When HIV was first identified, the virus was considered specific to men who have sex with men (MSM) and was therefore originally dubbed “gay-related immune deficiency,” or GRID. However, medical cases soon proved that people of any sexual orientation or gender identity were at risk. In fact, recent statistics confirm that African-American women are more likely to contract the disease than women of other races.
Nowadays, about one in four people (22%) who live with HIV in the United States are female, according to the Kaiser Family Foundation. Moreover, despite the fact that Black women make up only 13% of the U.S. population, they represent 60% of the estimated 264,500 women who live with HIV in the United States, according to the Illinois Newsroom.
Like Black Americans overall, African-American women face structural barriers to accessing adequate health care. In addition to these issues, problems experienced by this population group includes increased poverty, difficulty accessing health care, reduced numbers of available sexual partners and unawareness of their HIV status, according to NBC.
“There are fewer men in the pool,” Kim Parker, an HIV expert in Texas who has conducted research on the virus for over 20 years, said to the Newsroom. “African Americans tend to have higher rates of incarceration, homicide, things of that nature. So, there are few eligible men to women for Black relationships, for Black couples.”
In addition, many individuals are unlikely to have insurance coverage, observed Amy Knopf, an HIV researcher and assistant professor at the Indiana University School of Nursing, who spoke to the news outlet.
“Black Americans are the least likely to be tested, the least likely to be linked to care once they are tested and found to be HIV positive and also the least likely to be adequately treated and virally suppressed,”, Knopf said.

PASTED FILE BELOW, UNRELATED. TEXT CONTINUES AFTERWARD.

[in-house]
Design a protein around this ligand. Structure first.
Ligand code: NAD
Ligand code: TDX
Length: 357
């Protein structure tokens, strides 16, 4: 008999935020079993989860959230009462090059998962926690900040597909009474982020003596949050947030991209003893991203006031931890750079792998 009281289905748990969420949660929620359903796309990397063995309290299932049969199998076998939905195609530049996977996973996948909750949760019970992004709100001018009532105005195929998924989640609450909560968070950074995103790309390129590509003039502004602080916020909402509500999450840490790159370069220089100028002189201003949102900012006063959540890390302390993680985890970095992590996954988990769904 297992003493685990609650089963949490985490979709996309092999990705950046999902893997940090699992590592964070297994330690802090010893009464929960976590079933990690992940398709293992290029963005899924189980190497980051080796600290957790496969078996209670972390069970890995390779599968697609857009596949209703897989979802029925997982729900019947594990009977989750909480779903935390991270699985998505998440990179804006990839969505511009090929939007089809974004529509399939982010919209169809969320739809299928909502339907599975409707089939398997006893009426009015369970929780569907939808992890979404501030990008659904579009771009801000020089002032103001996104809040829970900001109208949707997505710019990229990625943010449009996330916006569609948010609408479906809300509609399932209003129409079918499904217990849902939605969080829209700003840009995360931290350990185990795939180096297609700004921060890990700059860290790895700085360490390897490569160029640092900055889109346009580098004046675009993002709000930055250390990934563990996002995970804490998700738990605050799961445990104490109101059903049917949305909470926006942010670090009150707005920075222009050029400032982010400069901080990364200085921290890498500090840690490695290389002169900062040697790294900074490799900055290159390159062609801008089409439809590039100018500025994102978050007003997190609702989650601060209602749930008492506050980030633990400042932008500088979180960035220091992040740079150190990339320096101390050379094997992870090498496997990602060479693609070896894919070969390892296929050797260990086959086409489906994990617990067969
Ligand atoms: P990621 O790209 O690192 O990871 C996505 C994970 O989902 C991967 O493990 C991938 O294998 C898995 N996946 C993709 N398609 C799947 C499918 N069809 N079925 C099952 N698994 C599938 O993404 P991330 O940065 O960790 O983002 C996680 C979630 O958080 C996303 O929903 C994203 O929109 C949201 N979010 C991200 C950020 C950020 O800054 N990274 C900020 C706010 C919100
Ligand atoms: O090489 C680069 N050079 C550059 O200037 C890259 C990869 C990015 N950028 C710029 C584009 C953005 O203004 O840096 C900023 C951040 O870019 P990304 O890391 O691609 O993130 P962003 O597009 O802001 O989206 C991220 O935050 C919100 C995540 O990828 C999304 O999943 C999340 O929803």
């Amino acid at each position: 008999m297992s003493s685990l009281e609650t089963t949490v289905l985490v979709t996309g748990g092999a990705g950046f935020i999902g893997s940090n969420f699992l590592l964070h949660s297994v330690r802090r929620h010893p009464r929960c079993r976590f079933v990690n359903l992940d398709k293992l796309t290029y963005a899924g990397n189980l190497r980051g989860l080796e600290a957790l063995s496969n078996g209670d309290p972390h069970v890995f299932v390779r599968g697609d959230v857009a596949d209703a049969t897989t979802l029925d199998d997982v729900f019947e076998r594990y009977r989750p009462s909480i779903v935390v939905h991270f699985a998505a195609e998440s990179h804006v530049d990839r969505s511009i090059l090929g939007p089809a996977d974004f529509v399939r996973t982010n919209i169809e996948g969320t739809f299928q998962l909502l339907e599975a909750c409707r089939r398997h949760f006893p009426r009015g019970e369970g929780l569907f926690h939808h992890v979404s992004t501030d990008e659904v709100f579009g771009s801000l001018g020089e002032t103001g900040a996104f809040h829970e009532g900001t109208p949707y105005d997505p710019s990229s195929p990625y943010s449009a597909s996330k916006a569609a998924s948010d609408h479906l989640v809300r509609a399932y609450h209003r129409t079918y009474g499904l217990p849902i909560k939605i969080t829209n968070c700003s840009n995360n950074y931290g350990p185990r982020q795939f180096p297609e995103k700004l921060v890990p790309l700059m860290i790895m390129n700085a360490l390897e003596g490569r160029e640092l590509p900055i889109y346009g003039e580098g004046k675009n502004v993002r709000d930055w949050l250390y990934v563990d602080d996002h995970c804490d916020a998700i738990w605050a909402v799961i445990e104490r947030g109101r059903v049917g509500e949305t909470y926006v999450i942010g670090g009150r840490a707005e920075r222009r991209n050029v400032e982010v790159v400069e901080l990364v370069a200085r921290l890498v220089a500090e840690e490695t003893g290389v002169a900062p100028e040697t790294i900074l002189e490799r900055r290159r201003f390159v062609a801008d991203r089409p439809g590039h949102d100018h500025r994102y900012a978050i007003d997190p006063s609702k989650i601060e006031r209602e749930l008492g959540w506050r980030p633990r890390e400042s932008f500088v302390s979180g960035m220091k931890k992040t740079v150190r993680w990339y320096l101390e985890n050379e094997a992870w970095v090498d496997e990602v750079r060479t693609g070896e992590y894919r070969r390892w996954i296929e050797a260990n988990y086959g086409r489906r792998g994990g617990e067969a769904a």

Although rates of new HIV diagnoses fell overall among heterosexual African-American women, Black women still contract the virus at elevated rates compared with white and Latino women.
In 2020, African-American women constituted 53% of newly diagnosed individuals in Indiana, the Newsroom stated.
Some women in states across the country may be unaware of the preventive treatment PrEP, or pre-exposure prophylaxis. Moreover, if individuals are aware of the drug, they may not know that it is covered by most insurance plans (co-pay assistance is available) or that it is available for free for those who qualify through the Ready, Set, PrEP program, for example.
“Advances are being made, but it seems like the African-American community is missing out on some of those advances,” Michael Angarone, MD, an associate professor at the Northwestern University Feinberg School of Medicine, told NBC.
For more on Black women and HIV, read “Do Microaggressions Affect the Health of Black Women With HIV?,” “Don’t Rush Black Women With Same-Day HIV PrEP Starts” and “Who Got Funding From HRSA’ s Black Women First HIV Initiative?”